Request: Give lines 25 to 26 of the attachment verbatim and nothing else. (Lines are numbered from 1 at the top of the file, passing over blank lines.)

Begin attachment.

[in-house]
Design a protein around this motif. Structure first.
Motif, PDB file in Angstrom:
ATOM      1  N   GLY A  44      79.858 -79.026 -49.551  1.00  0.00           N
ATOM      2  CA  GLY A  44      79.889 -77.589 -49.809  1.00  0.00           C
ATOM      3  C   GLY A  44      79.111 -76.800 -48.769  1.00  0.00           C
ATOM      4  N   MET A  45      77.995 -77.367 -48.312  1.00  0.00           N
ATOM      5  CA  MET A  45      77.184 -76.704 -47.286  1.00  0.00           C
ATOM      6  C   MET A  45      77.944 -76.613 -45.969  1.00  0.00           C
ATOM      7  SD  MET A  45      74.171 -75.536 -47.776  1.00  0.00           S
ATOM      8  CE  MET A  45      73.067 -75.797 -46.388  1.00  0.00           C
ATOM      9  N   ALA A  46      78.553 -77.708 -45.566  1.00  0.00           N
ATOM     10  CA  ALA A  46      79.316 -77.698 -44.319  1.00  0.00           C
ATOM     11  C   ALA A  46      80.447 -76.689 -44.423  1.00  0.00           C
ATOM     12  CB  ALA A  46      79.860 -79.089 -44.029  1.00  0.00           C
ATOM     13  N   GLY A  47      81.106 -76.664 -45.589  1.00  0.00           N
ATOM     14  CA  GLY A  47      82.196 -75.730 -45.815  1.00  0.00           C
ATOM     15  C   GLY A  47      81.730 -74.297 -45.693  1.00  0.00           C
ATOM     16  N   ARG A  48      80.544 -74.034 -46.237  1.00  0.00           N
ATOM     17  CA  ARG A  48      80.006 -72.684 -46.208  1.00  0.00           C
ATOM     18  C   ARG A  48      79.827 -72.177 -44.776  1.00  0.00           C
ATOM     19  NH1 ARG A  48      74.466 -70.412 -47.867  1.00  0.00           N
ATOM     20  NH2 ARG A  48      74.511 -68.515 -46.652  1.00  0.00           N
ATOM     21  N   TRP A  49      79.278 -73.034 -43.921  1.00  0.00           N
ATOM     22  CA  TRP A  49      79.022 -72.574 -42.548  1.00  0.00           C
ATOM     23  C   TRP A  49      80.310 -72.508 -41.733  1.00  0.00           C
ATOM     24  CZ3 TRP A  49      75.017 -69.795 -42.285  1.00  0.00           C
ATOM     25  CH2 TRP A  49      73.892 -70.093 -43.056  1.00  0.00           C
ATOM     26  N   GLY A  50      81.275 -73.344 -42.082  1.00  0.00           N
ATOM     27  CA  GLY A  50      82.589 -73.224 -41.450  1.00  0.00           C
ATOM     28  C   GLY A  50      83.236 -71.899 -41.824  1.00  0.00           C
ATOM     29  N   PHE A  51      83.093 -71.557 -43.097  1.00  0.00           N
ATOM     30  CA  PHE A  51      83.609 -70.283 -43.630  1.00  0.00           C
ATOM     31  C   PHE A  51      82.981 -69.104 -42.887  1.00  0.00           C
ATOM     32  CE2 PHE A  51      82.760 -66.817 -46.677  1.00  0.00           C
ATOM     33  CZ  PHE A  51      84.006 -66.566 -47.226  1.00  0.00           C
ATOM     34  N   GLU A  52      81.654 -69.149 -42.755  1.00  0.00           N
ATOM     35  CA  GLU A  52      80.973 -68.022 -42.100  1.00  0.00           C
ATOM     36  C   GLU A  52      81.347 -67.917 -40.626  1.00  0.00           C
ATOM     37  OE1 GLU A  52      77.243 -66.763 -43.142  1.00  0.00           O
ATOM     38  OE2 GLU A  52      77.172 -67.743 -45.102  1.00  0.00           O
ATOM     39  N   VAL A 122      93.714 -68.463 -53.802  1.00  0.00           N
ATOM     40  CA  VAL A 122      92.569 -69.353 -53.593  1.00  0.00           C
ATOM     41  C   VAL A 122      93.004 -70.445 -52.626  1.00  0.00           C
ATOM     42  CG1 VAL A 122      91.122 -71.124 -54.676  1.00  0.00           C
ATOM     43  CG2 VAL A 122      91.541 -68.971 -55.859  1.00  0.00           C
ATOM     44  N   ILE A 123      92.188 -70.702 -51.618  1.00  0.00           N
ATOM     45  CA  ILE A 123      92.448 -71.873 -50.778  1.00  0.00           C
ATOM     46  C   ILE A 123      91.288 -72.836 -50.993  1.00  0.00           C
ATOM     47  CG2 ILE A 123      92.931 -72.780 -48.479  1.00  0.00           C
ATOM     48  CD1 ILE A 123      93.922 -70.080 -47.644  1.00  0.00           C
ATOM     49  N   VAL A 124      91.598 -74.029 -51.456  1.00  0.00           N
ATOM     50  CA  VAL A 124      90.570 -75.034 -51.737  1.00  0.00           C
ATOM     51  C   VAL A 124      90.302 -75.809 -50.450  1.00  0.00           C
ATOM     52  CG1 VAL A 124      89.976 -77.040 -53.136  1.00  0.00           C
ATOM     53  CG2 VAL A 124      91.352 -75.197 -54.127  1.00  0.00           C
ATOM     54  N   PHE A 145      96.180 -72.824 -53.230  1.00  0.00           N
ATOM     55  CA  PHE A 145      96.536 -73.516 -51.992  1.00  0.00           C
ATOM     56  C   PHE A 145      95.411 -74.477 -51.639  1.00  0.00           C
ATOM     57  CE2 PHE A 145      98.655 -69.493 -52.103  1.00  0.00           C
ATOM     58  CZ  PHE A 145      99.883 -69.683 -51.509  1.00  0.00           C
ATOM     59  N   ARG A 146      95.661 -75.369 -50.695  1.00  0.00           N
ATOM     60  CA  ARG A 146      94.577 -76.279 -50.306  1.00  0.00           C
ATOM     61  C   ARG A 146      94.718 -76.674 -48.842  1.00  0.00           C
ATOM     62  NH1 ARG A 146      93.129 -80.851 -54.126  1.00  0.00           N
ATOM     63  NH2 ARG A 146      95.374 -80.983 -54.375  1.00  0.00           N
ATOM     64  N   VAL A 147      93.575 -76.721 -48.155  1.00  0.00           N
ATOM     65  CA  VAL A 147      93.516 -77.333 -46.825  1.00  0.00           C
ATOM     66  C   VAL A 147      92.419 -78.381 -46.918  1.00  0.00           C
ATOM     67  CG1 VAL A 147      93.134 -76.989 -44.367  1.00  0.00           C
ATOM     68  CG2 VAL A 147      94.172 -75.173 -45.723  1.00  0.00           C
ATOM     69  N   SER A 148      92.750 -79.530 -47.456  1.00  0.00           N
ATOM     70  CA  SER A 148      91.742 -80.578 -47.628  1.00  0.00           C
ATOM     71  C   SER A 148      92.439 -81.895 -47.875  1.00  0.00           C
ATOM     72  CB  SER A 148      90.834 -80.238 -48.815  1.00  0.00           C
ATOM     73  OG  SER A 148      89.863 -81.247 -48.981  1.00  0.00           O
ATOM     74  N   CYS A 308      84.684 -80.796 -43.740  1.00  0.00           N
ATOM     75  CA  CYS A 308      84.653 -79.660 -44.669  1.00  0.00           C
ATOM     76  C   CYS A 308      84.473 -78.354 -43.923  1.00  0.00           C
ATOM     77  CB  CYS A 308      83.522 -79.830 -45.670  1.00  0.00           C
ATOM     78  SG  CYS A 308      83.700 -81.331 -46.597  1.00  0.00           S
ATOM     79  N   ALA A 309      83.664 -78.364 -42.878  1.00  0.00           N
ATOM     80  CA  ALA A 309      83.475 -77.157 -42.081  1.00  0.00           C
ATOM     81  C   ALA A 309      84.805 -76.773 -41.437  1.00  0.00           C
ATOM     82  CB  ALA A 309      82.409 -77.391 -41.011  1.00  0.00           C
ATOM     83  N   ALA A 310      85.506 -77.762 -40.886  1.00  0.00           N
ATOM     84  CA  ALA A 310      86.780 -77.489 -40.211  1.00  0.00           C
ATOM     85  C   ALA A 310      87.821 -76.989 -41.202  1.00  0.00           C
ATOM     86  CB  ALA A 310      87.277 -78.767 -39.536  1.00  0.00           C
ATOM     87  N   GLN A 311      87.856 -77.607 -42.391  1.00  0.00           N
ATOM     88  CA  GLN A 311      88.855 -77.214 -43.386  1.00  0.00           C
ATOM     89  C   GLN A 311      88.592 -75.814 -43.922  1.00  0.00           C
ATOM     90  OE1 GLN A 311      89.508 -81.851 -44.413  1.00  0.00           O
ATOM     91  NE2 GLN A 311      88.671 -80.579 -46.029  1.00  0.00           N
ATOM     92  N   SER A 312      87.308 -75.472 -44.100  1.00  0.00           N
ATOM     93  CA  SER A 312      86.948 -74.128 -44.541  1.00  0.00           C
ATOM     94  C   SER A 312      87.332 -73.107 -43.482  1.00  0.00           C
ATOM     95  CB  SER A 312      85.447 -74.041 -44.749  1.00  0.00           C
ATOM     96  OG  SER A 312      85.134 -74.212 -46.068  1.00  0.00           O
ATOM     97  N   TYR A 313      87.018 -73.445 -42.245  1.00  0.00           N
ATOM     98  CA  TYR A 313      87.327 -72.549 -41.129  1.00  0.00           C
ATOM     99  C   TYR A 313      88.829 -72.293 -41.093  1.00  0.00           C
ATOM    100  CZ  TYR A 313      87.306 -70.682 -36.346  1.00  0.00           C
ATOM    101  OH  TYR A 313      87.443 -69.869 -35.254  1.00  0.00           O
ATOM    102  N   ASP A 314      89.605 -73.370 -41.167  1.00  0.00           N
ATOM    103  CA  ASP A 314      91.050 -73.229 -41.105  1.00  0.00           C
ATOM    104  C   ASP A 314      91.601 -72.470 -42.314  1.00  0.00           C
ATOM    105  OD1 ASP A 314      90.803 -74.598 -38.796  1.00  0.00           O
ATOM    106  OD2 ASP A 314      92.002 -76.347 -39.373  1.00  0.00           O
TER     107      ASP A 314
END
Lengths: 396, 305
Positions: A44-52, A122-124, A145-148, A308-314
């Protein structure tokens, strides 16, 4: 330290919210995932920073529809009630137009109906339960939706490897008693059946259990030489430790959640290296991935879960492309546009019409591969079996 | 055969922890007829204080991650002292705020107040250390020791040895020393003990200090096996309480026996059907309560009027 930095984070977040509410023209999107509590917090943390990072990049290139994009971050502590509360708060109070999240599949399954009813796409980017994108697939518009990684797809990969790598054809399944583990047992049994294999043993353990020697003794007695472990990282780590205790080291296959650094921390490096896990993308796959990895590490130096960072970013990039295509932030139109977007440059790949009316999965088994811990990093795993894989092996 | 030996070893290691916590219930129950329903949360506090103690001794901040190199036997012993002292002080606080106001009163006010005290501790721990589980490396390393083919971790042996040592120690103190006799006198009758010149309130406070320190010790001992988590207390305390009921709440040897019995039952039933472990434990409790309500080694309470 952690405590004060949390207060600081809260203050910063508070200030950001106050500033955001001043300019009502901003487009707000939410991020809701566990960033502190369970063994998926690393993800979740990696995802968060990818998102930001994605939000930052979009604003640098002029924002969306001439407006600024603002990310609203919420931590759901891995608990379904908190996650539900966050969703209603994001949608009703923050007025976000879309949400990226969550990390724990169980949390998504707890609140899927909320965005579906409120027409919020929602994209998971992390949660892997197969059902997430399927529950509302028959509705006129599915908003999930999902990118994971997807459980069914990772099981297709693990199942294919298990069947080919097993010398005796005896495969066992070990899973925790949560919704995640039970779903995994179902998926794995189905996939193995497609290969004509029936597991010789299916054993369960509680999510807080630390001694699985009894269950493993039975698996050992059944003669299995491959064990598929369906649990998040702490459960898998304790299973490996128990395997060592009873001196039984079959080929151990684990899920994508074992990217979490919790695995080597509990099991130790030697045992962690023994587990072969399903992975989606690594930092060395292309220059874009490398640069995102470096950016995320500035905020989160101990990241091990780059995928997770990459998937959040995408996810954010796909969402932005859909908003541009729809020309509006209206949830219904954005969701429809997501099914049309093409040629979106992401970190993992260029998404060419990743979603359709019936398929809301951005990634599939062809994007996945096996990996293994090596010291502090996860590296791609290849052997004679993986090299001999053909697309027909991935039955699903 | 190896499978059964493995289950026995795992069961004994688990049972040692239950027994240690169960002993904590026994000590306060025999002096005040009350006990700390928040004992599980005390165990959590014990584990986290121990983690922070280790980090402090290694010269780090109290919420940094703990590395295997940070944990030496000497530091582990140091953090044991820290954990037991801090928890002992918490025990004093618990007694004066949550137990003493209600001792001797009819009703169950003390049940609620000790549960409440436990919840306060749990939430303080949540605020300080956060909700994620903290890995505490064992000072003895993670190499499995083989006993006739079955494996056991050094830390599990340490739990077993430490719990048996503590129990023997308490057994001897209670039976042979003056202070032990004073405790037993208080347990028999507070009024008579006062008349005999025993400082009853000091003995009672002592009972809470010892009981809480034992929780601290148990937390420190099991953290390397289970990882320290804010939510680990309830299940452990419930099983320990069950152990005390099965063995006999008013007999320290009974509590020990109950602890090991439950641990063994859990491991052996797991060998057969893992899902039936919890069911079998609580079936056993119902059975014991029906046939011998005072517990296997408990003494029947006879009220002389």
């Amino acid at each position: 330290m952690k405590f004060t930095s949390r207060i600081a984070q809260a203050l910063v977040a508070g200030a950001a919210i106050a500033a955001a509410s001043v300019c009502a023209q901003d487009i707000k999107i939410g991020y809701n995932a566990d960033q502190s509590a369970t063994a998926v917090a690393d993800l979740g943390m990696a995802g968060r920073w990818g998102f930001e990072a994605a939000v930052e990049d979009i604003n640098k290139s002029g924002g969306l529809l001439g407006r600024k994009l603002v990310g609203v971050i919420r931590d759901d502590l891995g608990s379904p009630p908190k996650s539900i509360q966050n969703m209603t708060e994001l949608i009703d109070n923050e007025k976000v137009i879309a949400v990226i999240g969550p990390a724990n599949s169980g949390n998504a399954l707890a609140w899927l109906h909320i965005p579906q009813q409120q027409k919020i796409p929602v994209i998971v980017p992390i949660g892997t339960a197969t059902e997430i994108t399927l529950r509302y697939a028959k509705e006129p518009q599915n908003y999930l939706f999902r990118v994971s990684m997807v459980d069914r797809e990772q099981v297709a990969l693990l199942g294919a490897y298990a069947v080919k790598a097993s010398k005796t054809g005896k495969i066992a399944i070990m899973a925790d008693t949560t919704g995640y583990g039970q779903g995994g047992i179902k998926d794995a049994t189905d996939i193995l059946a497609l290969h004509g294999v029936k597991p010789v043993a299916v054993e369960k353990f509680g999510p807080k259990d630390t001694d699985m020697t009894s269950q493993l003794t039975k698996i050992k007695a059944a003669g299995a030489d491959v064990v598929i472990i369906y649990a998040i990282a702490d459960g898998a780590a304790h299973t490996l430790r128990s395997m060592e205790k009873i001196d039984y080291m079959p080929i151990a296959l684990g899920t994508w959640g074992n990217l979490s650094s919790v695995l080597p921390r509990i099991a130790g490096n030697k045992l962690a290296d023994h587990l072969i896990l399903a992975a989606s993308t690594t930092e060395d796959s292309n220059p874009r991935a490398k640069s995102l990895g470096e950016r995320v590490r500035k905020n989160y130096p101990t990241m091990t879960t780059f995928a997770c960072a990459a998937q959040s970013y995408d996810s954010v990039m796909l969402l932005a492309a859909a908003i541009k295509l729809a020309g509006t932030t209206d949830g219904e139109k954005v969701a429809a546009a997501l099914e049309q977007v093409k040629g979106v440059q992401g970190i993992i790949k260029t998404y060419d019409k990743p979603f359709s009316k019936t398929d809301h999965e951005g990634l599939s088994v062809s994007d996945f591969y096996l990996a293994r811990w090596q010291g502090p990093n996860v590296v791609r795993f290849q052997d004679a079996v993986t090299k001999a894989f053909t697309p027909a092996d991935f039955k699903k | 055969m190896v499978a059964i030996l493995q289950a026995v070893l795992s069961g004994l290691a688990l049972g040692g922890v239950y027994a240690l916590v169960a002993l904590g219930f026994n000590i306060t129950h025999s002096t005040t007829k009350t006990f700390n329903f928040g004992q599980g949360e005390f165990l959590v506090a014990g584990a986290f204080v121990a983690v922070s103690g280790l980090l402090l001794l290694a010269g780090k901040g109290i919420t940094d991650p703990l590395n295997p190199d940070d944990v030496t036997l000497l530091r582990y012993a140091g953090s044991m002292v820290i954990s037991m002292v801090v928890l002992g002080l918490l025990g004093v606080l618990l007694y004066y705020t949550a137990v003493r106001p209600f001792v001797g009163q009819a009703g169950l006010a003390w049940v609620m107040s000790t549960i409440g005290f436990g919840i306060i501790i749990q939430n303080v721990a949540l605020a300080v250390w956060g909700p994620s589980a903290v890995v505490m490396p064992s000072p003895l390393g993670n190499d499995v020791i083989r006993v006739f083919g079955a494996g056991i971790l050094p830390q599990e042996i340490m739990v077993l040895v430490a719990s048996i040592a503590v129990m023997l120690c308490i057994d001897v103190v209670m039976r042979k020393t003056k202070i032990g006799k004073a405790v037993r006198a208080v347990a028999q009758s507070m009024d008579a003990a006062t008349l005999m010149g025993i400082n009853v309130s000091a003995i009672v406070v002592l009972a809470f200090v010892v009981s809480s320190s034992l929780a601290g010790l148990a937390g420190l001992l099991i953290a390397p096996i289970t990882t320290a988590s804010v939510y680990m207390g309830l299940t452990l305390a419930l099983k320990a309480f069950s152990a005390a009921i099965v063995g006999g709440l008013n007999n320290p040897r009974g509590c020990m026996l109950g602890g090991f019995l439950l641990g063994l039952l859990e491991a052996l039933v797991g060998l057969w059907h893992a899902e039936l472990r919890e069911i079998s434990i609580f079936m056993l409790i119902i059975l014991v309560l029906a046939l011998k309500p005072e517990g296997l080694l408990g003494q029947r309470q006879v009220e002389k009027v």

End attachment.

ATOM     22  CA  TRP A  49      79.022 -72.574 -42.548  1.00  0.00           C
ATOM     23  C   TRP A  49      80.310 -72.508 -41.733  1.00  0.00           C